So what happened?

May 14, 2018   ·   0 Comments

By Jasen Obermeyer

The Toronto Maple Leafs finished their playoff season on a very low note, after ending their regular seasons on the opposite end, filled with enthusiasm and confidence. Where did it all go wrong?

They finished this season in franchise records in wins and points, and seemed to be on the right path to a deeper playoff run than last year’s.

They faced the Boston Bruins, and last time they did, we blew a 4-1 third-period lead in Game 7 to lose in overtime. Everyone, from the players to coach Mike Babcock, those behind the desk, and Leafs Nation, did not want to repeat history, yet in a way, they did.

Everyone knew the Bruins would be a tough team to battle. They were one of the hottest teams in the league, and actually gave Tampa Bay a run for their money for top spot in the division, finishing just a point behind. They have depth in offence and defence, and despite injuries to some key players, it did not stop them from climbing to the top.

The Bruins came out the gate in game 1, hammering the Leafs 5-1. Game 2 was even worse, as they drilled seven goals behind the net, with Leafs goalie Frederick Andersen being pulled after allowing three goals on five shots. The wild game ended in a 7-3 Bruins victory.

Trailing 2-0 in the series, the Leafs headed back home to the Air Canada Centre and addressed the problems that plagued them back in Boston. Lines were shuffled, defence was tightened, fewer penalties were taken, and home-ice advantage seemed to give them a bit of a boost. Most importantly, they shut down the Bruins’ first line of Patrice Bergeron, Brad Marchand and David Pastrnak, the line that was a nightmare to the Leafs in the first two games, combining for 20 points. Game three was a better outing for the blue and white, the kind of play they provided in the regular season, which ended with a 4-2 victory to cut the series lead in half.

Game four was an overall good effort by the Leafs, with the final score being 3-1, although unfortunately in the Bruins favor. Two of the goal came from quick turnovers that left the Leafs’ defense exposed, otherwise they played consistently strong.

Now facing elimination, every game was do or die, just like the last these two teams met.

Game five was again a strong effort, and this time the Leafs won, 4-3, even chasing Bruins goalie Tuukka Rask from the net. Although there was some cause for concern as they held a 4-1 into the third period, similar to their last Game 7, but the two goals the Bruins got were more fluky, off the end board, behind-the-net goals.

Game 6 was back in Toronto, and the Bruins quickly scored first in the second. At this point in the series, whichever team scored first was the one that took home the win. But Toronto saw to change that, with William Nylander scoring 35 seconds after the Bruins to get Leafs Nation roaring again. Toronto took another close game 3-1.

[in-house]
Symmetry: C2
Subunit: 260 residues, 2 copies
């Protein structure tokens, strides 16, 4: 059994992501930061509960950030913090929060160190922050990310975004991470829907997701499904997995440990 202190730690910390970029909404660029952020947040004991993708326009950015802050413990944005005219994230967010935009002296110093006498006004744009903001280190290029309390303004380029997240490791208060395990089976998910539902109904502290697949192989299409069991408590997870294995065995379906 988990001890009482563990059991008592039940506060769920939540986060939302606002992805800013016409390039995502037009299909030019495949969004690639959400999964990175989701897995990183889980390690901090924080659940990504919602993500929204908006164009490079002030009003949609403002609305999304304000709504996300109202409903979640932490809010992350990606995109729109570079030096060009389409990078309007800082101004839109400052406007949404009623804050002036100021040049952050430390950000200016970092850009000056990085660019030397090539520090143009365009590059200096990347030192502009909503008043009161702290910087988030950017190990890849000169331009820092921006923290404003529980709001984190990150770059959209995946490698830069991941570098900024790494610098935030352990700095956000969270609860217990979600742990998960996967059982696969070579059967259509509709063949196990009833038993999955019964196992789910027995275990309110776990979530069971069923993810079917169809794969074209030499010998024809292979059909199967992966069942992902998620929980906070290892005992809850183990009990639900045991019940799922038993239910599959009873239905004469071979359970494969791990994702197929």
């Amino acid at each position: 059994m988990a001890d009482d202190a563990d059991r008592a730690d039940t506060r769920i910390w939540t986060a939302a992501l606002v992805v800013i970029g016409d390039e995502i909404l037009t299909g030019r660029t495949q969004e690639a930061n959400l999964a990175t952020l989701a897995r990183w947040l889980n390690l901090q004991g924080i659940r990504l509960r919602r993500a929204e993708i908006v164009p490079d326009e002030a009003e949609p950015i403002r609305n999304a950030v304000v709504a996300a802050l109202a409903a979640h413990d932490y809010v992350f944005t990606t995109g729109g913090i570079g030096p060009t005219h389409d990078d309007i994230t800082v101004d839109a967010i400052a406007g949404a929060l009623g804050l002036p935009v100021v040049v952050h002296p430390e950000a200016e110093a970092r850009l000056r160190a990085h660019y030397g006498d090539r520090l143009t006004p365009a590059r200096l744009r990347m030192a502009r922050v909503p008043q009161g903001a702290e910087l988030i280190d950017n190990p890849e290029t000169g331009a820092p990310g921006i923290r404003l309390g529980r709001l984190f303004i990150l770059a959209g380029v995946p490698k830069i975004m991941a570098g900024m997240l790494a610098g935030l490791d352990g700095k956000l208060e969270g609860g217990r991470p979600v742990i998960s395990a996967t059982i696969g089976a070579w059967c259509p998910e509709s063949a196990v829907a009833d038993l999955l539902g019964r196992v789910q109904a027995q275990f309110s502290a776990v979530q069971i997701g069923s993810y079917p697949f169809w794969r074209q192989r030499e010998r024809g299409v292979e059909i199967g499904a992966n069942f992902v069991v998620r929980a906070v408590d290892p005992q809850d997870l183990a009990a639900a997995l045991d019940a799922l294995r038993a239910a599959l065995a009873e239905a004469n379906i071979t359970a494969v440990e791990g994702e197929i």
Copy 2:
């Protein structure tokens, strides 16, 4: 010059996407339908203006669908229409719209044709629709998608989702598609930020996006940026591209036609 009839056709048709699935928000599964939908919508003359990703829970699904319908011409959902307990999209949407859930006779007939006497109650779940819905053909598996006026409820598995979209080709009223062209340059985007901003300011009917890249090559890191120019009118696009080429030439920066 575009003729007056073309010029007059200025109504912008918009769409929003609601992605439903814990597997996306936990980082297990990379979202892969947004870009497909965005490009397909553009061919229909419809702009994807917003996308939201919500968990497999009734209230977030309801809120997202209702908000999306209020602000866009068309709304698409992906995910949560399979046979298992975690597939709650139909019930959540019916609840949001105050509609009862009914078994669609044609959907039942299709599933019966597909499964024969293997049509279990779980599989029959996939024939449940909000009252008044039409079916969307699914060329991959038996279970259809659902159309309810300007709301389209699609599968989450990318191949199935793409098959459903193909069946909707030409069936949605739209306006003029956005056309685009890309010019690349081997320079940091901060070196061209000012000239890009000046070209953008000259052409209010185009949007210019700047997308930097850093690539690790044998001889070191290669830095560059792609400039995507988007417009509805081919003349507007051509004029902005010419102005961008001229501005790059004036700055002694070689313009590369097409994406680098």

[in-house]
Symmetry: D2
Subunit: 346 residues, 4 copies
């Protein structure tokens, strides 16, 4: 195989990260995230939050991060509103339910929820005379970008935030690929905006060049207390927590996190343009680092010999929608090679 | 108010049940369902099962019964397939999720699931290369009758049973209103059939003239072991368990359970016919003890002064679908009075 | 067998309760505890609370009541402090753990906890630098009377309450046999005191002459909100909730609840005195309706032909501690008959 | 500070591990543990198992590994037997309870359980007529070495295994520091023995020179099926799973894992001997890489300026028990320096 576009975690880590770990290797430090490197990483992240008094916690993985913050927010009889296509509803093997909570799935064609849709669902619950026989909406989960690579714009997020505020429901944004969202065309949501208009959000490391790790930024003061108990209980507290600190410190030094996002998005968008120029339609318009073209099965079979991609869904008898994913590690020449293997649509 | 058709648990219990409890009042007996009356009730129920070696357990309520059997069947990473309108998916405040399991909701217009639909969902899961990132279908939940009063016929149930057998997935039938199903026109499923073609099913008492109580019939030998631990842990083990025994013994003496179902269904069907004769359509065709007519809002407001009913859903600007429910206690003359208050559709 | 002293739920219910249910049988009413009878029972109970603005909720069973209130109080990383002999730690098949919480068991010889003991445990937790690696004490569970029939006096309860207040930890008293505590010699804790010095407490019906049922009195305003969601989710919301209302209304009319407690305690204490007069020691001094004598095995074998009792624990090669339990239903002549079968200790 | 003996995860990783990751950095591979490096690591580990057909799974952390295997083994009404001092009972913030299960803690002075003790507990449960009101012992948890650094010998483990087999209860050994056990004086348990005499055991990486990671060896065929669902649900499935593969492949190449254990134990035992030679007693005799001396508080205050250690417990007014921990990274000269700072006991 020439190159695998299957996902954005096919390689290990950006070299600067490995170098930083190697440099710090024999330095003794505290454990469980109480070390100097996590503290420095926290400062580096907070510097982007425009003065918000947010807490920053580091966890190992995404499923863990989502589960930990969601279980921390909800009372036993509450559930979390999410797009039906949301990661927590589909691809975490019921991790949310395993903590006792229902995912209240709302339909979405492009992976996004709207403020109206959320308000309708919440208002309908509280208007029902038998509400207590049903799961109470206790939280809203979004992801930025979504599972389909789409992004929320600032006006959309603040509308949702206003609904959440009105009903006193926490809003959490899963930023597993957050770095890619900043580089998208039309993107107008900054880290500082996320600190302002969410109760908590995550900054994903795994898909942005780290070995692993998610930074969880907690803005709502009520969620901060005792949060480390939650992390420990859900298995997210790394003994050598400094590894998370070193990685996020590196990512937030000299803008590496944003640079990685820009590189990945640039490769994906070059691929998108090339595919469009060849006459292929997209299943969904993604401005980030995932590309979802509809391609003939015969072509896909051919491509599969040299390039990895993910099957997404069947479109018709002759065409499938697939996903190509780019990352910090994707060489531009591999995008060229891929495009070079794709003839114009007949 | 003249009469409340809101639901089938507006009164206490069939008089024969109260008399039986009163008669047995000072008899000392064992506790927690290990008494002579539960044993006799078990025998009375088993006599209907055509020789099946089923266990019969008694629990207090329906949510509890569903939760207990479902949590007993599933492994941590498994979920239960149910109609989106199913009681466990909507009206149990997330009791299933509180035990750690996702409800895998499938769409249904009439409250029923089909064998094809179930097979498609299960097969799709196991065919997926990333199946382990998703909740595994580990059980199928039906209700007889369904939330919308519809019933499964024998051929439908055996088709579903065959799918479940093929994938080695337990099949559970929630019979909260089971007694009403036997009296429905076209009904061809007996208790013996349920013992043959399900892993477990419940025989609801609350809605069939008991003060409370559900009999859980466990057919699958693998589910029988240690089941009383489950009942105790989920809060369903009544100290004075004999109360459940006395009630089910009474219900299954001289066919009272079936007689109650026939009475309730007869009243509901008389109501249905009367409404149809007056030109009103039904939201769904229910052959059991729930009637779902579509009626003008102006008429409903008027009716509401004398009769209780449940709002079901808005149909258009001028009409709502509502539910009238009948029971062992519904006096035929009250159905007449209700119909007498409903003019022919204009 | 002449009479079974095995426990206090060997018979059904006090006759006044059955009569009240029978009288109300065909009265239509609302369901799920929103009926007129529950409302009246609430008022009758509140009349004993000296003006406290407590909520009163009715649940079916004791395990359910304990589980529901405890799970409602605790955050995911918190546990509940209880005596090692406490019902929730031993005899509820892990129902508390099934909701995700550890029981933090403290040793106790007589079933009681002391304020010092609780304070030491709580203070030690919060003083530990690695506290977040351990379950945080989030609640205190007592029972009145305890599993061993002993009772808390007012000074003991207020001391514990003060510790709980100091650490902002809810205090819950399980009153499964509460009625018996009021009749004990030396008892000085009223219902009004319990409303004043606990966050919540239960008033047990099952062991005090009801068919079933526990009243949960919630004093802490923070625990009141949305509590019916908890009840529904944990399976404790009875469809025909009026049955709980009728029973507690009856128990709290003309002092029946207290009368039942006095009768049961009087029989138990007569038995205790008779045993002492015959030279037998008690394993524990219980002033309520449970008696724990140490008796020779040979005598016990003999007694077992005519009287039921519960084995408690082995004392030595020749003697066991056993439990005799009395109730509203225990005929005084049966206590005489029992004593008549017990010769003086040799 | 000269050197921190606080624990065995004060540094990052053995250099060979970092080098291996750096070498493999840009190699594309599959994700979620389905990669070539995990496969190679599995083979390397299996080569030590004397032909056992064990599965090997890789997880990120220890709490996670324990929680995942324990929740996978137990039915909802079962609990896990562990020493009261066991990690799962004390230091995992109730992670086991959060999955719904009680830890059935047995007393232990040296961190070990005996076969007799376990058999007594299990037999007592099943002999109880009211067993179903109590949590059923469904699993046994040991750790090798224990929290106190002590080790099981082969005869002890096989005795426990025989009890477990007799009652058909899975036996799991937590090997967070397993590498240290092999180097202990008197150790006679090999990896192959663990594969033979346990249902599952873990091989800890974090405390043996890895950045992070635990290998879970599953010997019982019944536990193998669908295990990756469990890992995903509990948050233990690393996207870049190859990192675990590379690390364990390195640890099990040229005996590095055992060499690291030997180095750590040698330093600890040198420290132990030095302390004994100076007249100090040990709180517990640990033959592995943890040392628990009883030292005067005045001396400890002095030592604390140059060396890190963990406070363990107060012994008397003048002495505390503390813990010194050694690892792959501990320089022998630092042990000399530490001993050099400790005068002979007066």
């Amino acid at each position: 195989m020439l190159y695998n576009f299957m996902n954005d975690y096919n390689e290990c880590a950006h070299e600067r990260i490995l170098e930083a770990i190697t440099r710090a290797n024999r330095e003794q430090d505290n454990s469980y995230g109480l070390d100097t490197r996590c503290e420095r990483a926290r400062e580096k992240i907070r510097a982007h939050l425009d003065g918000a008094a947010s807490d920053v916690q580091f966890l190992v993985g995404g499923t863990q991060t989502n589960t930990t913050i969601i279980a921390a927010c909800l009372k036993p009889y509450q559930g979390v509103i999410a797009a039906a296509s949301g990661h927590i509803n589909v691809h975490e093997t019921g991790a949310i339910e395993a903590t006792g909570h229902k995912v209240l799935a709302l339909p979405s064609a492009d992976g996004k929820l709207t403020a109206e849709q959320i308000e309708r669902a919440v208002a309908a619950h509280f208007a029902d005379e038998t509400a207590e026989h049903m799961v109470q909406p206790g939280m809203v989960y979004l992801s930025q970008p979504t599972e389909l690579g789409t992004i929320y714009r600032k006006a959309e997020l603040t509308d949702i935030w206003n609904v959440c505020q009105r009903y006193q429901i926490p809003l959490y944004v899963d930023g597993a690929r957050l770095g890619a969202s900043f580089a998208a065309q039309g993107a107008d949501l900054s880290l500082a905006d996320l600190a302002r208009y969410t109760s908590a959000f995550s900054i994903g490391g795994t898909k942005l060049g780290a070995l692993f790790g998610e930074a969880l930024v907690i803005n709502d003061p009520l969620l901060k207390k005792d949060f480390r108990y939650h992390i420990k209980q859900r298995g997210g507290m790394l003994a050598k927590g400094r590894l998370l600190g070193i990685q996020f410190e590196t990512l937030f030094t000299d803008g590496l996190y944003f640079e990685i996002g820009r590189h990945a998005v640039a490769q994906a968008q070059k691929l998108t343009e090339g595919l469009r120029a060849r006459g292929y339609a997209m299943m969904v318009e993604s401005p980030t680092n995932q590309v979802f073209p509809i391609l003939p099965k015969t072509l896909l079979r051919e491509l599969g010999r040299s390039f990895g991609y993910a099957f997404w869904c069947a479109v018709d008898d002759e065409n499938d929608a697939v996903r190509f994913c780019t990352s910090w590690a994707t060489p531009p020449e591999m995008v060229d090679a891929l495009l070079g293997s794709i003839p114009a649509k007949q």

Again, like the last time they met, Toronto fought back down from 3-1 in the series to force Game 7.

In Boston, the first period of the final game was a wild one, with Boston leading by the end of the period 3-2. Toronto scored just a little over two minutes into the second to tie it up, then even got a shorthanded goal. Heading into the third period up 4-3, Leafs just needed 20 minutes to finally advance past the first round since 2004.

History came back to repeat. The Bruins quickly tied it up, then scored two more to build a 6-4 lead, with an empty netter the final nail in the coffin. The 7-4 victory meant the Leafs were out.

Some called the third period worse than the 2013 disaster, others think it’s similar, or not as bad. The Leafs just seemed to lack motivation, energy, their offence non-existent, their defence terrible. Andersen did his best, but wasn’t on his game in the third period, and it didn’t help him much to not have defenceman provide some cover.

So many questions; who’s to blame? What’s next? What was the problem? What are the solutions?

Nazem Kadri getting a three-game suspension in Game 1 definitely wasn’t good; superstar Auston Matthews and William Nylander lost that spark they were known for, the team just racked up too many penalty minutes, and their defence above all was not strong, (with the exception of Morgan Rielly), and particular blame on Jake Gardiner for his defensive performance in the third period.

To be fair, the Leafs are a young team, with most of the players only having one or two playoff seasons’ experience. They have some work ahead of them in the off season, work that will need to pay off come October.

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